Executive Coaching: A Combined Success Story
We can talk about the benefits of MRG’s executive coaching program until we are blue in the face but it takes someone with a participant’s perspective to deliver the best message.
We have had many past participants provide their perspectives on MRG’s coaching process and results. We thought the best way to get our point across was to share a fictional story based on truths different participants have shared with us. Anonymity is important so we have named our coaching participant Jesse. We hope this helps you learn more about what a coaching experience is like:
Jesse was the founder and president of a young, newly created non-profit organization. Reluctantly Jesse took the role of executive manager only because two former managers didn’t work out. The Board felt it was important to have someone in the executive manager’s role that had some “skin in the game” and with this being a start-up, they felt the founder was the best choice to lead at this critical time.
Often when a leader is pressed to move into a different role, the leader is keenly aware of his/her own weaknesses. Jesse recognized problems with communication and supervising people. And why not? Jesse was passionate about the organization and the mission they wanted to accomplish. As you might imagine, it can be difficult to share passion for a mission while one is waiting for others in the organization to “catch up” with the vision that Jesse had formed several years ago. Jesse’s eagerness created some repercussions among the staff, so the Board recommended management coaching.
After seeking suggestions from other non-profits and community foundations and searching the internet, Jesse came across MRG’s website. Although the description of a boutique talent management firm was appealing, Jesse’s main concern was cost and how coaching could fit into the organization’s budget. Jesse reached out to Lauri Flanagan, MRG’s president and eventual coach. After talking to Lauri, Jesse was certain MRG was the right company for an executive coaching assignment. Following a brief discussion on pricing, MRG tailored a coaching program to fit their organization’s budget.
Once coaching started, Lauri immediately recognized some of Jesse’s key obstacles. First of all, Jesse was from the East Coast; working in Iowa was quite different. Jesse said, “What I considered telling a story was misconstrued as a rant. Different people in the organization thought I was hogging the conversation!” How Jesse was perceived by others was a very important issue.
In every coaching program, the individual and the coach must have an understanding of complete honesty and confidentiality. With some nudging and encouragement from Lauri, Jesse soon realized this was going to be a process of self-discovery and hard work.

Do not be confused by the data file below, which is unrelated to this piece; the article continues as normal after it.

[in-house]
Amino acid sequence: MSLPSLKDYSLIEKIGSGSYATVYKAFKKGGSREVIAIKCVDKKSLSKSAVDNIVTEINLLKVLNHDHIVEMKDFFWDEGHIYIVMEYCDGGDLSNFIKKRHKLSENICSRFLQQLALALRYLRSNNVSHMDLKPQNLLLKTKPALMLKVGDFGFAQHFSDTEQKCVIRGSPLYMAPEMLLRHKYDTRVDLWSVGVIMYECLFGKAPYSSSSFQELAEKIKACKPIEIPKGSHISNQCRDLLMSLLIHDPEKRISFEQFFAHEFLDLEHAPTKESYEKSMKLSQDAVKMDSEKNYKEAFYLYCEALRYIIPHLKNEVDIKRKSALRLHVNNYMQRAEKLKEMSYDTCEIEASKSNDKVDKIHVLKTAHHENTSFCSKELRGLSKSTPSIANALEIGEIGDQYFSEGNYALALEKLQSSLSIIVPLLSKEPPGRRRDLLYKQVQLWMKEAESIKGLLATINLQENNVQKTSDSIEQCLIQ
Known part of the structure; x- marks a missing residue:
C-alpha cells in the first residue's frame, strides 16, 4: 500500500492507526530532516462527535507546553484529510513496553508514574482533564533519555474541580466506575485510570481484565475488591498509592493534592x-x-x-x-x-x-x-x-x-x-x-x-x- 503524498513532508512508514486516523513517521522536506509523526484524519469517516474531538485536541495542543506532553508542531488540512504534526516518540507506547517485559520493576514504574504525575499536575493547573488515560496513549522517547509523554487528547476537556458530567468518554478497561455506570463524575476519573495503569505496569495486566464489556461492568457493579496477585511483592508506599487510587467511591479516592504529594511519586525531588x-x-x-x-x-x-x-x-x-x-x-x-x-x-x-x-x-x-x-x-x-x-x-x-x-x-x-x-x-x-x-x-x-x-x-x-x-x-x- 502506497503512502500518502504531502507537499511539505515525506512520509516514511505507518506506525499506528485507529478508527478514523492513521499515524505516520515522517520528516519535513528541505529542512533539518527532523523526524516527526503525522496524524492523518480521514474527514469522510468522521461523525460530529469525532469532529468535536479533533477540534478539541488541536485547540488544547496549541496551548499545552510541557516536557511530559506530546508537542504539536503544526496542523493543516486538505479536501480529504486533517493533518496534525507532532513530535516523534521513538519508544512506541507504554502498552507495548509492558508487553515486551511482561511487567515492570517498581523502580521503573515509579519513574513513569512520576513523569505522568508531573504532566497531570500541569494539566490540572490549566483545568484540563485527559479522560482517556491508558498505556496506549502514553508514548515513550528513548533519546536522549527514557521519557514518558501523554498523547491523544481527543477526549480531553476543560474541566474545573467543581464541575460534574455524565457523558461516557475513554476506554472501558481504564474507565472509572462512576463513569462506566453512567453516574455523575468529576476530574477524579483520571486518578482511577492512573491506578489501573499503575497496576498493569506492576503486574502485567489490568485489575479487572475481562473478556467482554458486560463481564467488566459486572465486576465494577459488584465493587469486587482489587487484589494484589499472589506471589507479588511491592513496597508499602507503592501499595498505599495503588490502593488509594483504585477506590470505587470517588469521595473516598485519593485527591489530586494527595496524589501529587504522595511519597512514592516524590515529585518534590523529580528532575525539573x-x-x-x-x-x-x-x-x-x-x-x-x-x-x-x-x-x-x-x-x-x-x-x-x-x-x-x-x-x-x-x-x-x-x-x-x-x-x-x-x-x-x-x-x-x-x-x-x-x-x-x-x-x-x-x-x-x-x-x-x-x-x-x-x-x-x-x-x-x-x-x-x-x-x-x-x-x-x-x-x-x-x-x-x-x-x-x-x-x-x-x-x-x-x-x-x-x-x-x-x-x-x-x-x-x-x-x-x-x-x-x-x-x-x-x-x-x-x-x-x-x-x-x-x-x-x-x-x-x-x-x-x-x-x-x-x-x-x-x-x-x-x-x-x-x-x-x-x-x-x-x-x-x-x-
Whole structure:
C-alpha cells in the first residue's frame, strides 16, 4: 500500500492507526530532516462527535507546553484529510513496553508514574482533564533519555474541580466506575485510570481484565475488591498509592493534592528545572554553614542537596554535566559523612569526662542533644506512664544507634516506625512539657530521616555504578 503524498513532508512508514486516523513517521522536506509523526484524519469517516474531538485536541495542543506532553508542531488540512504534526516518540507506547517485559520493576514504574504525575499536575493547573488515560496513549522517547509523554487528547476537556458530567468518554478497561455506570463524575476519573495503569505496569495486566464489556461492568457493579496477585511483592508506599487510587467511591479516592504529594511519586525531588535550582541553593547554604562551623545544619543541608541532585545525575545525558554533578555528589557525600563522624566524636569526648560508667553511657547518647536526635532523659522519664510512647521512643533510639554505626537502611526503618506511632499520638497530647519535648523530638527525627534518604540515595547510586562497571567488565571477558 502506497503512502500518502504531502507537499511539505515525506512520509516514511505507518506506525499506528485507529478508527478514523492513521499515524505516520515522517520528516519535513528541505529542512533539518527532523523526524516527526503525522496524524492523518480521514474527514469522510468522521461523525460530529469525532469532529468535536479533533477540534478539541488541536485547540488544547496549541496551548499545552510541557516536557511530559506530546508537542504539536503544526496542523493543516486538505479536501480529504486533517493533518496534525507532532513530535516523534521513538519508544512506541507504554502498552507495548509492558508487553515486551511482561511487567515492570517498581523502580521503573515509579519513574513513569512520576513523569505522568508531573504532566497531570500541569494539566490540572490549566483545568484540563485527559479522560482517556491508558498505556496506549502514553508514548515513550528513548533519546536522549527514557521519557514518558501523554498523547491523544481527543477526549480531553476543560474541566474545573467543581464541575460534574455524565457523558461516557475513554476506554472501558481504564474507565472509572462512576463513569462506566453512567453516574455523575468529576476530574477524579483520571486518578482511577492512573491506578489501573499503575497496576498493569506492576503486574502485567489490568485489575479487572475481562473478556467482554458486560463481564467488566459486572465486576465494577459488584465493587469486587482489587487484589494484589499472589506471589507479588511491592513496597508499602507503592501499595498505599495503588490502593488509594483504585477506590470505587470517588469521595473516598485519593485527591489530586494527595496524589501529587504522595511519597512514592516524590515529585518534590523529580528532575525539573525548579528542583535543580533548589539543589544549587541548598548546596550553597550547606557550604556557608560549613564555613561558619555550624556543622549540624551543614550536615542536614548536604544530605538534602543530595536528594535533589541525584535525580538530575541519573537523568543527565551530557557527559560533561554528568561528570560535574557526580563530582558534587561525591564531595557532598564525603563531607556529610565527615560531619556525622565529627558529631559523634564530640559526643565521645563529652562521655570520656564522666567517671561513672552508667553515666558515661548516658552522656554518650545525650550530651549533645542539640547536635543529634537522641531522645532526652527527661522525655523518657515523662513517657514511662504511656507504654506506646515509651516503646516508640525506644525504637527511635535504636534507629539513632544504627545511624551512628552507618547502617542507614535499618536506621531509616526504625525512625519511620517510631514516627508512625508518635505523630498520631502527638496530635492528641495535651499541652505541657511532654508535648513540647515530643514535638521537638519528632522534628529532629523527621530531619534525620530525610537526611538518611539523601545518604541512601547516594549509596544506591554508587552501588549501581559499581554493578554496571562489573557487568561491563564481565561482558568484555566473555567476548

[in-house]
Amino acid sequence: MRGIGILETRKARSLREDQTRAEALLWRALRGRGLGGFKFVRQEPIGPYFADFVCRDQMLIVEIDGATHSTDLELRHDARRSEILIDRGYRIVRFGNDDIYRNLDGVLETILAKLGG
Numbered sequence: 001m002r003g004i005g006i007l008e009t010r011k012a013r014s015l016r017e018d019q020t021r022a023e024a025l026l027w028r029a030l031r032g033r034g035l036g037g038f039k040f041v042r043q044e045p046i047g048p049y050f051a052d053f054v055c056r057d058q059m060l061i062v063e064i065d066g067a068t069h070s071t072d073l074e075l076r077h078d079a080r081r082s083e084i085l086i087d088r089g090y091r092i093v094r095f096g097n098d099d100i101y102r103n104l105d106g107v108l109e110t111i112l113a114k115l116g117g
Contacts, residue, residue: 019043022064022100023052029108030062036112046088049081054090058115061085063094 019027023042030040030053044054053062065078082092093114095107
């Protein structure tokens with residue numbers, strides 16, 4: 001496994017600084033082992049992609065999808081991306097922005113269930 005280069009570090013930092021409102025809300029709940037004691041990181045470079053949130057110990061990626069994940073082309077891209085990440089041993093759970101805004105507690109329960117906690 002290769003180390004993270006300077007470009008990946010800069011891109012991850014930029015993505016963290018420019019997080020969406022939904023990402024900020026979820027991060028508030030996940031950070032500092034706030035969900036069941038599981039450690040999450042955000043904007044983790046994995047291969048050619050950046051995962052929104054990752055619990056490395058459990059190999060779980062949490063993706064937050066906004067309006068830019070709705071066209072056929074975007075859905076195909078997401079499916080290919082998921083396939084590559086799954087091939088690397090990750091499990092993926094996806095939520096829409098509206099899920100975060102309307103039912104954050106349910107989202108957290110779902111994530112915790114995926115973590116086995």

Jesse’s first step was to take a battery of tests and assessments that were chosen for Jesse’s role in the organization. These tests and assessments measured personality, critical thinking, numerical reasoning and management capabilities. Assessment and test results can be confusing to decipher on one’s own, so Jesse met with MRG’s Industrial/Organizational Psychologist, Dr. Susan Stewart to put the results into context.
After consulting with other members of the non-profit’s leadership team, Lauri and Jesse worked together on a development plan. Keeping their timeline and budget in consideration, they chose three important things for Jesse to work on. They set up a schedule to meet in person and Lauri provided reading material to help Jesse apply lessons learned to everyday situations.
As part of the coaching process, Lauri regularly checked in with the organization’s leadership team. They were happy to report a noticeable change in Jesse’s communication skills. One of the most important changes implemented was to hold meetings face-to-face rather than conference calls. This change alone gave Jesse the chance to read visual cues from people while they were speaking plus the in-person meetings led to creating a more cohesive dynamic among the group. This was just one of the many practical solutions suggested.
One of Jesse’s biggest goals, and one most important to the organization, was to learn how to interview the right candidates and assess the right skills for the job so they could hire effectively. Lauri reviewed interview questions with Jesse and they developed a plan to put top candidates into real world work situations to see how they would perform. Jesse is looking forward to the first hiring process after learning these new skills and although Lauri is no longer on the clock, she offered to be available for any questions or concerns that may arise.
Jesse believes this kind of support is important for everyone, especially someone moving into a new leadership role. Jesse is certain that the experience with MRG will make a significant difference in the rate of growth at their young organization.
Executive coaching isn’t a magic bullet, but it certainly does bring to light areas that require attention so an individual can work on minimizing weaknesses and maximizing areas of strength.